Debbie Millman: You’ve talked about one of your professors and mentors, Ken Hein, who helped you get what you’ve referred to as the creative out of your system. And I’m wondering how he did that.
Alan Dye: Well, the story that I recall vividly was as part of maybe our junior year course load. We had to obviously write a brief for our own projects. And one day during our critique, I had brought in all these designs for a logo. I don’t even recall what it was for.
And I was pretty ambitious at the time. And I filled the wall with all of my sketches and walked the class through them. And I looked at Ken, and Ken just looked at me and said, Alan, I am so glad you got all this bullshit out of your system.
Debbie Millman: It’s so awful.
Alan Dye: Now you can go off and make some good work. And Ken was a mentor of mine for me, and he was wonderful. I hope that doesn’t come off the wrong way.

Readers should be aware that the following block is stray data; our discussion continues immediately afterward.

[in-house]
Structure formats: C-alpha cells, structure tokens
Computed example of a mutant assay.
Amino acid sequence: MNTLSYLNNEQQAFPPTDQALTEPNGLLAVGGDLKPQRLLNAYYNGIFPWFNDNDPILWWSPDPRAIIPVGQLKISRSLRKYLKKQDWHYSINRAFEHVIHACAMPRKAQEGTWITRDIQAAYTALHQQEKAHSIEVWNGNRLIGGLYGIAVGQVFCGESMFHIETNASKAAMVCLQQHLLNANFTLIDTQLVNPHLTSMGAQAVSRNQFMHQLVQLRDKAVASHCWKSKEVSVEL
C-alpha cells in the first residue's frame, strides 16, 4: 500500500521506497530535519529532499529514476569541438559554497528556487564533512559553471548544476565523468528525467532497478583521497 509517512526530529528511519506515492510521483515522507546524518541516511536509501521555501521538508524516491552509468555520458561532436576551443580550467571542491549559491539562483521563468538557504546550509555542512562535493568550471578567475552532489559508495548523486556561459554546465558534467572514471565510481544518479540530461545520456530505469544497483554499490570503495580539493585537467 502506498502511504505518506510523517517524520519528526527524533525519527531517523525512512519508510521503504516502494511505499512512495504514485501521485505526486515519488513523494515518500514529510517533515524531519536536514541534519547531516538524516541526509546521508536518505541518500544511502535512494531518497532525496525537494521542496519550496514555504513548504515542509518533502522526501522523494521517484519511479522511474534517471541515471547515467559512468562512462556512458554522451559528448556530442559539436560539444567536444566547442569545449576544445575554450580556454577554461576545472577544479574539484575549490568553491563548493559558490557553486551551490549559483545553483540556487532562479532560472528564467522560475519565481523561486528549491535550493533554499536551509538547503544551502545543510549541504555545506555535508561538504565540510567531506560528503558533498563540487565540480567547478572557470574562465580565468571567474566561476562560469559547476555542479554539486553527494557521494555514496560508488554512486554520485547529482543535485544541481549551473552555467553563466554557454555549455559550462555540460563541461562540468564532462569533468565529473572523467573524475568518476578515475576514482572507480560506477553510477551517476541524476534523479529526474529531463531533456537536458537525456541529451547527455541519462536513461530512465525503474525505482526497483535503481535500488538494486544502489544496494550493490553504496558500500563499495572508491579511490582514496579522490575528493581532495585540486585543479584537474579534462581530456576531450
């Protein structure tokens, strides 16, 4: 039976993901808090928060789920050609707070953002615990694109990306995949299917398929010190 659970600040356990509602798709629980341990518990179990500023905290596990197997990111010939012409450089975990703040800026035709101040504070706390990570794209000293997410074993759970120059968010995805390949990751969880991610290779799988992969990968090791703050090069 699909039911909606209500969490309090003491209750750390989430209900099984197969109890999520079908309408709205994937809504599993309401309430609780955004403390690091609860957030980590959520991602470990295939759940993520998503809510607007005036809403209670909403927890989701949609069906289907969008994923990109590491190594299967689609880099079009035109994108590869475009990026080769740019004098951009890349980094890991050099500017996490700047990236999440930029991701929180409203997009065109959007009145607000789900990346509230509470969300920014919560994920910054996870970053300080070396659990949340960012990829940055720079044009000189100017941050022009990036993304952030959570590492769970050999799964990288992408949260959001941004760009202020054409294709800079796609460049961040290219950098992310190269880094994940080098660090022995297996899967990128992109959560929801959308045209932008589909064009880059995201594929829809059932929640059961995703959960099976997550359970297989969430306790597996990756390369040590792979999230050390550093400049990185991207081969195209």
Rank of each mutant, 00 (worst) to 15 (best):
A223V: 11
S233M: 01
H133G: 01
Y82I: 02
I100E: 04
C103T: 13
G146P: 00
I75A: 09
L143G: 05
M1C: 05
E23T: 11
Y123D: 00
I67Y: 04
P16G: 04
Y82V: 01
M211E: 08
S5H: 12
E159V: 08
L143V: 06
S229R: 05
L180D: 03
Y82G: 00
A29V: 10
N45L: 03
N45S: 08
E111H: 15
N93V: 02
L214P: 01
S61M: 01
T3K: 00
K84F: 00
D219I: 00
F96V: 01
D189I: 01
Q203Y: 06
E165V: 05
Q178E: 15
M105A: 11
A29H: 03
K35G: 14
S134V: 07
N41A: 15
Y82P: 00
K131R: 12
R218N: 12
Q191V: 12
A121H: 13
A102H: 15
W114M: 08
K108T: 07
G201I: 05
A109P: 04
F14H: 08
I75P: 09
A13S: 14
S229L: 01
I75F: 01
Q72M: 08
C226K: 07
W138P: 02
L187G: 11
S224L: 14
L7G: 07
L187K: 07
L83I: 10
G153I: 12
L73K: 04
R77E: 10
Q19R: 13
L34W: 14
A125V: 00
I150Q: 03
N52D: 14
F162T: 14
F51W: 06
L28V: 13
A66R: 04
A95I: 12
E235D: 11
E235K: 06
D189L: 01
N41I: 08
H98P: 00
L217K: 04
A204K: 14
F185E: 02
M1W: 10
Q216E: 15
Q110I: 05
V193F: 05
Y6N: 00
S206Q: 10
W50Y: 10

Debbie Millman: Oh gosh. No.
Alan Dye: But it was such a lovely thing because it reminded me of the process. And for me, my process has always been, yeah, you have to iterate. You have to work through things. And that remains.
Debbie Millman: You’re of the age where your design curriculum included a lot of old school graphic design practices that are really no longer needed as a practicing designer. I know you were particularly good at cutting rubylith, as was I, a real skill that sadly we just don’t use anymore.
Alan Dye: We’re dating ourselves.
Debbie Millman: How do you feel now about that early training? Do you feel that those attributes or those skills were beneficial to the work that you still do?